State slaps Long Island hamlet known for Nazism with housing discrimination suit

New York /
May.May 21, 2017 11:37 AM

An anti-discrimination case is forcing a community known for housing Nazi sympathizers to abide by state and federal housing laws. The German American Settlement League in the rural Long Island town of Yaphank will be forced to end policies that limit ownership to people of German descent, according to the New York Post.

During World War II, the league named streets for Adolf Hitler and other Third Reich figures and held pro-Nazi marches at the former Camp Siegfried. Now, the leagues new settlement with the state will force the enclave of roughly 40 house to change leadership and end discriminatory practices.

 

Still, some residents say that the racism is all in the past.

“There’s a mixed bag; it’s not like it was,” Fred Stern, a member of the league’s board and a 40-year resident, told the Post. “It’s not like whatever they’re saying. If you went to every house and asked people’s nationality, it wouldn’t be any different than any other neighborhood.”

Another local, Kaitlyn Webber, added that her “family’s always been very open. We’ve never had any issues with anyone discriminating against anyone up here.”

But two former residents tell a different story, claiming he German American Settlement League policies hindered their attempts to sell their homes, and New York Attorney General Eric Schneiderman found the league “continued to make new membership and property re-sale within the GASL community unreasonably difficult.” [NYP]Christopher Cameron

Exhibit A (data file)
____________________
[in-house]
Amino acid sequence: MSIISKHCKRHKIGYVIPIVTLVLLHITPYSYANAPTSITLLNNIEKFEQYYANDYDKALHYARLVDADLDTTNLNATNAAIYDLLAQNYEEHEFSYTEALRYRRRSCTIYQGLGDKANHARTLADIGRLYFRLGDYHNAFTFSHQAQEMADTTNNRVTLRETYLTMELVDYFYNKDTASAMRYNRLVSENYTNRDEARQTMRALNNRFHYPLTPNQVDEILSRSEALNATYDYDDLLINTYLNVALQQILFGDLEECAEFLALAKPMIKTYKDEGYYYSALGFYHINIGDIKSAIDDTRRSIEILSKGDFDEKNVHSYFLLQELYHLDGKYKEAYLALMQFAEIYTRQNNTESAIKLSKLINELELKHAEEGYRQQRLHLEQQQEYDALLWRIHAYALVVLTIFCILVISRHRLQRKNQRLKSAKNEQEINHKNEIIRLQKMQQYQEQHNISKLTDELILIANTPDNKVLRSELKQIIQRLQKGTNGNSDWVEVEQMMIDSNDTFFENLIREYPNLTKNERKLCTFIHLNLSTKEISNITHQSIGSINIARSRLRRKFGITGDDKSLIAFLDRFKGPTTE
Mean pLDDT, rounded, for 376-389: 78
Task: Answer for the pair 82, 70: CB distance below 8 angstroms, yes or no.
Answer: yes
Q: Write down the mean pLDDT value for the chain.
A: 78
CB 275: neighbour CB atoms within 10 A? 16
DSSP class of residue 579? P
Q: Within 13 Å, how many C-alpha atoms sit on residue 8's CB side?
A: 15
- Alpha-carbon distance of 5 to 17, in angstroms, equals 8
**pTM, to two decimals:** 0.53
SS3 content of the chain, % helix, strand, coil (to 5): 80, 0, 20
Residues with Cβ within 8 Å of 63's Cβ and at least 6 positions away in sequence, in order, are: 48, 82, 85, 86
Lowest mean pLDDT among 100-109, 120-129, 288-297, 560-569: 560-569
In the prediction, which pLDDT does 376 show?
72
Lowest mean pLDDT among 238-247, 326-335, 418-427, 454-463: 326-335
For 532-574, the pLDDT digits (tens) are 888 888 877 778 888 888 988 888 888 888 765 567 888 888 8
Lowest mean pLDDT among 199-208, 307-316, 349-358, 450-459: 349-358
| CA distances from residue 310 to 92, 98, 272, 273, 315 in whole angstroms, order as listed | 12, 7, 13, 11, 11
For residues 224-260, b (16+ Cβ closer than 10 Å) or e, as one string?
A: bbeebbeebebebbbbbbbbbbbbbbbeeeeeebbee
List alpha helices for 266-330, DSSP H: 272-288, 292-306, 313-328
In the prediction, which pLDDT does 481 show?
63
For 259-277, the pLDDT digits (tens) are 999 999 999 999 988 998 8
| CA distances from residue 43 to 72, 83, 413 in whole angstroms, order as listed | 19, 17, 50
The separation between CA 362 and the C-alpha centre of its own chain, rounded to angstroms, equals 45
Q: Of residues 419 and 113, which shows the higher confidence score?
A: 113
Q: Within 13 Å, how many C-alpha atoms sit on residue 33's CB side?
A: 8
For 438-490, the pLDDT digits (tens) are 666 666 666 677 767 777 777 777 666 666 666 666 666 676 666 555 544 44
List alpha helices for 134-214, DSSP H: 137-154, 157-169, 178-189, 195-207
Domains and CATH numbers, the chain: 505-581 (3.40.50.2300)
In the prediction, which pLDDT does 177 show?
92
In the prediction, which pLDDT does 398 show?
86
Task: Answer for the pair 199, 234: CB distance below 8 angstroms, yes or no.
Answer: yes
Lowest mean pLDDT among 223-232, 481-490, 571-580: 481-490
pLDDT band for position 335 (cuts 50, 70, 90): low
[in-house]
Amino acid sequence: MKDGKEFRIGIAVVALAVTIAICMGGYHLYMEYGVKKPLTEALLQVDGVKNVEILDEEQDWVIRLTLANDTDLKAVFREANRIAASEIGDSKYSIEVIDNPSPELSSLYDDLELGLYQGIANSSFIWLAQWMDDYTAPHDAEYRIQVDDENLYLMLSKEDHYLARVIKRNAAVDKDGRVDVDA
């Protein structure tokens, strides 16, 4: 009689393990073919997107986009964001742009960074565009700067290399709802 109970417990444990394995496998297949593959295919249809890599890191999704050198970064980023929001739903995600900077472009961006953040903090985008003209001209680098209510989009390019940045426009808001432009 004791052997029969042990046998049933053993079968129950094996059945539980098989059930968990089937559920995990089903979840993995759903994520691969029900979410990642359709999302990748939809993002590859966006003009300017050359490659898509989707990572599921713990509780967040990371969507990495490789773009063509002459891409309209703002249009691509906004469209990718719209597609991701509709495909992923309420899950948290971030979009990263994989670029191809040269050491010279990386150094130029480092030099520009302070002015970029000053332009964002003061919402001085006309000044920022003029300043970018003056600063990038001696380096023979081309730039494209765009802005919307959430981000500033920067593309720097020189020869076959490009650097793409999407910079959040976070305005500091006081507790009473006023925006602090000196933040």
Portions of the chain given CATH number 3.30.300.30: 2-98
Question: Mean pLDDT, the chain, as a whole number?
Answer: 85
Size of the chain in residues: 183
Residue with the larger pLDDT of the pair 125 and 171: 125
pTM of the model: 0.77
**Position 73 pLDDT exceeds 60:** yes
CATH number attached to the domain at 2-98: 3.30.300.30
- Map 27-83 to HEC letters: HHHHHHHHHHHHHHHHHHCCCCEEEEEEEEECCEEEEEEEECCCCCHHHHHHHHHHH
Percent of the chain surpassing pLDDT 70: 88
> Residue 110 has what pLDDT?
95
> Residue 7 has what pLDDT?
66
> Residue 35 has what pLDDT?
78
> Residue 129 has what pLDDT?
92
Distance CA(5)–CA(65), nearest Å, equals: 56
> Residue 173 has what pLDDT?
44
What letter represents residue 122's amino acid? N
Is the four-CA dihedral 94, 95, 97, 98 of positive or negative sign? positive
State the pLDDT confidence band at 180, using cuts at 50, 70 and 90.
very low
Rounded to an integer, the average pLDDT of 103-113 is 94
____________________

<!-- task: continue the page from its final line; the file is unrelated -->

Related Articles

arrow_forward_ios
National Association of Realtors president Charlie Oppler (Photo via NAR; iStock)
NAR apologizes for housing discrimination
NAR apologizes for housing discrimination
(Text courtesy of Department of Justice; Staten Island via iStock)
DOJ accuses broker of housing discrimination
DOJ accuses broker of housing discrimination
Fed Board Governor Lael Brainard (Getty, iStock)
Fed wants banks to step up lending in low-income areas
Fed wants banks to step up lending in low-income areas
State Sens. Brian Kavanagh and Kevin Thomas (NY Gov; Getty; iStock)
“What would we discipline them for?”: Brokers deny discrimination at heated hearing
“What would we discipline them for?”: Brokers deny discrimination at heated hearing
Zumper CEO Anthemos Georgiades (Getty; iStock)
What you need to know about Zumper, a $400M startup accused of renter bias
What you need to know about Zumper, a $400M startup accused of renter bias
State Sens. James Gaughran, Brian Kavanagh and Kevin Thomas (NY Gov; Getty)
State Senate hearing confronts racial bias by brokers
State Senate hearing confronts racial bias by brokers
Zumper CEO Anthemos Georgiades (iStock)
Zumper systematically screened out low-income renters: report
Zumper systematically screened out low-income renters: report
(iStock)
TRD Insights: Homebuyers in Black communities charged higher mortgage rates, report finds
TRD Insights: Homebuyers in Black communities charged higher mortgage rates, report finds
arrow_forward_ios

The Deal's newsletters give you the latest scoops, fresh headlines, marketing data, and things to know within the industry.

Loading...